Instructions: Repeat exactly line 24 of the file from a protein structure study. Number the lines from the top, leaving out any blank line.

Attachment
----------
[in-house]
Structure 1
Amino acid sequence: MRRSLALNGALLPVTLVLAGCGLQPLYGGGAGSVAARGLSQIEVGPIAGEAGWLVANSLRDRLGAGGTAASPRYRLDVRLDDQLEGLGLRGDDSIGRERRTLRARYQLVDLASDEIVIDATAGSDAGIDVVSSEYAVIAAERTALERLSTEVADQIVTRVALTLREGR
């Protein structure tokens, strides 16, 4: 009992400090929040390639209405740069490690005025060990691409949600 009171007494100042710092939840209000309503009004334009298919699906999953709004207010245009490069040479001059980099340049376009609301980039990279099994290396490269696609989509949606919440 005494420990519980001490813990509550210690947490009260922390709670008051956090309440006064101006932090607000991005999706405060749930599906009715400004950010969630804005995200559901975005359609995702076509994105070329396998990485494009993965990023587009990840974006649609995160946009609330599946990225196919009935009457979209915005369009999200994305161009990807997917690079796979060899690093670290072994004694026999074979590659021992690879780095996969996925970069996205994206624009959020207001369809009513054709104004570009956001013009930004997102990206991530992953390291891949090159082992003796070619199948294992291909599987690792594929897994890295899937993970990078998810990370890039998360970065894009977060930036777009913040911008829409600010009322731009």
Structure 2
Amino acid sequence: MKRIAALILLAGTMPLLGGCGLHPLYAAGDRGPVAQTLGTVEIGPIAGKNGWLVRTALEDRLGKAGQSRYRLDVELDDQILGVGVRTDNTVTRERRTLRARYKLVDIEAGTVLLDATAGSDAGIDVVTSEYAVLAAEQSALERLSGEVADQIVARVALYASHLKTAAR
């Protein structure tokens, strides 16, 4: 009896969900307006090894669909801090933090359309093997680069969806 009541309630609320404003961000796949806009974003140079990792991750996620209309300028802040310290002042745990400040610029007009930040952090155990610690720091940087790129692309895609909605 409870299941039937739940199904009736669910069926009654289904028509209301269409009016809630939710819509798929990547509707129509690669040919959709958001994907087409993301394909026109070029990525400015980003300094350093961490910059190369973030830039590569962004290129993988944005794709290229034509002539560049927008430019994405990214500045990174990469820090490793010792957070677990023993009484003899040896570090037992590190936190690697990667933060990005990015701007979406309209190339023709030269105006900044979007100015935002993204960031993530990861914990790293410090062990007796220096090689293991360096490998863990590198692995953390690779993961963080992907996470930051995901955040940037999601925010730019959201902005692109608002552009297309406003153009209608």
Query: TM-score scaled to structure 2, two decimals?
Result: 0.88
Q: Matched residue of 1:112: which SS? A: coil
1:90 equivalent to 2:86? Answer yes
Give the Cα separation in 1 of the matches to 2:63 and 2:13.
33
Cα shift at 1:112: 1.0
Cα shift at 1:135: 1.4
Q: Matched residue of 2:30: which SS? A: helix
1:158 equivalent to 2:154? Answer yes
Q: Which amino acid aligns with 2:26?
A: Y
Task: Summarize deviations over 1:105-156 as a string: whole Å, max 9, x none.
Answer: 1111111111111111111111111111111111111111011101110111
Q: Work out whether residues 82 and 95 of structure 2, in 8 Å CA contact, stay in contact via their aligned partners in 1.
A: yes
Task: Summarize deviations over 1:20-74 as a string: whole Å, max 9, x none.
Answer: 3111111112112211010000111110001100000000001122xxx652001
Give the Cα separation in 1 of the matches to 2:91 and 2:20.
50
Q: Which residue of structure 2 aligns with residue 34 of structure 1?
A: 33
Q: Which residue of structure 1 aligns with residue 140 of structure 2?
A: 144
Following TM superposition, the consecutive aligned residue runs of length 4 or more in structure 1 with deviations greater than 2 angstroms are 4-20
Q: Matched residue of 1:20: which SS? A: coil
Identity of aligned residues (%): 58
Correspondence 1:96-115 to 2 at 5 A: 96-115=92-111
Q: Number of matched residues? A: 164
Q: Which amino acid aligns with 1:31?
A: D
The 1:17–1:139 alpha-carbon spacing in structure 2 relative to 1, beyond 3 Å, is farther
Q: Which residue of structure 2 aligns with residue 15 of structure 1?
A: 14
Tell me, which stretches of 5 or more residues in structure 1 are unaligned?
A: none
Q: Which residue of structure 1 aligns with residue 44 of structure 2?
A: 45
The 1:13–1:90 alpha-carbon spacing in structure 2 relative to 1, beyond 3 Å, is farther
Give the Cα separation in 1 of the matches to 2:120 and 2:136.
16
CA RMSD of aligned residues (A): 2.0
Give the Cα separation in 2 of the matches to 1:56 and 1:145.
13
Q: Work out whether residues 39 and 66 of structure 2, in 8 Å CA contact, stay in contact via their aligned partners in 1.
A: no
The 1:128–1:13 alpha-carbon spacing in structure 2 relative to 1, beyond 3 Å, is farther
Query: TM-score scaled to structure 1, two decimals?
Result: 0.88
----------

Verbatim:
Task: Summarize deviations over 1:20-74 as a string: whole Å, max 9, x none.